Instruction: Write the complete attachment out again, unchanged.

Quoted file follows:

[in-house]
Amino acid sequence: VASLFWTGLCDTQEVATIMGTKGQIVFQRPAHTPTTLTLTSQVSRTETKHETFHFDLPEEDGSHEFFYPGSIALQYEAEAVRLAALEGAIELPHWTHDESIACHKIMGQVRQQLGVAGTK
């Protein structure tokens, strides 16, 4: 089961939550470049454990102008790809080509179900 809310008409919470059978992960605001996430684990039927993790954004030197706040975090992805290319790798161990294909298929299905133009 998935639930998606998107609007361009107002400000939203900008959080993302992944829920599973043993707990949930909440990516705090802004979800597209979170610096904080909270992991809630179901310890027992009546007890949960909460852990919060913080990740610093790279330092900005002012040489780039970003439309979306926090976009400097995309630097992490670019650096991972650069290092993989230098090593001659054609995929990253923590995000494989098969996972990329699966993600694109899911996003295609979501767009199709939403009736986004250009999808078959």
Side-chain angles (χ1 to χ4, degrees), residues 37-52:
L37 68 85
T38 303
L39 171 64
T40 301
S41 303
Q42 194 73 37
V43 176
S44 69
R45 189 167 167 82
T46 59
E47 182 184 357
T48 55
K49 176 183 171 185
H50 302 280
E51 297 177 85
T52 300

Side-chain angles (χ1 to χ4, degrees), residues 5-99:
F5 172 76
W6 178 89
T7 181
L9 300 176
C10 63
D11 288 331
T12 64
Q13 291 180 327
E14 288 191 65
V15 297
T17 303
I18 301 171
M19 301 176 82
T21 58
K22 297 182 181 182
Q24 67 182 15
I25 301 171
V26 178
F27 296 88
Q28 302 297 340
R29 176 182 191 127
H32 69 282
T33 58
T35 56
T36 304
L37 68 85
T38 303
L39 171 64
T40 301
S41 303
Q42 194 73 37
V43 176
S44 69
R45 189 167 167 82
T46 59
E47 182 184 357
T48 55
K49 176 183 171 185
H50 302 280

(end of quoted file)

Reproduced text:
[in-house]
Amino acid sequence: VASLFWTGLCDTQEVATIMGTKGQIVFQRPAHTPTTLTLTSQVSRTETKHETFHFDLPEEDGSHEFFYPGSIALQYEAEAVRLAALEGAIELPHWTHDESIACHKIMGQVRQQLGVAGTK
């Protein structure tokens, strides 16, 4: 089961939550470049454990102008790809080509179900 809310008409919470059978992960605001996430684990039927993790954004030197706040975090992805290319790798161990294909298929299905133009 998935639930998606998107609007361009107002400000939203900008959080993302992944829920599973043993707990949930909440990516705090802004979800597209979170610096904080909270992991809630179901310890027992009546007890949960909460852990919060913080990740610093790279330092900005002012040489780039970003439309979306926090976009400097995309630097992490670019650096991972650069290092993989230098090593001659054609995929990253923590995000494989098969996972990329699966993600694109899911996003295609979501767009199709939403009736986004250009999808078959």
Side-chain angles (χ1 to χ4, degrees), residues 37-52:
L37 68 85
T38 303
L39 171 64
T40 301
S41 303
Q42 194 73 37
V43 176
S44 69
R45 189 167 167 82
T46 59
E47 182 184 357
T48 55
K49 176 183 171 185
H50 302 280
E51 297 177 85
T52 300

Side-chain angles (χ1 to χ4, degrees), residues 5-99:
F5 172 76
W6 178 89
T7 181
L9 300 176
C10 63
D11 288 331
T12 64
Q13 291 180 327
E14 288 191 65
V15 297
T17 303
I18 301 171
M19 301 176 82
T21 58
K22 297 182 181 182
Q24 67 182 15
I25 301 171
V26 178
F27 296 88
Q28 302 297 340
R29 176 182 191 127
H32 69 282
T33 58
T35 56
T36 304
L37 68 85
T38 303
L39 171 64
T40 301
S41 303
Q42 194 73 37
V43 176
S44 69
R45 189 167 167 82
T46 59
E47 182 184 357
T48 55
K49 176 183 171 185
H50 302 280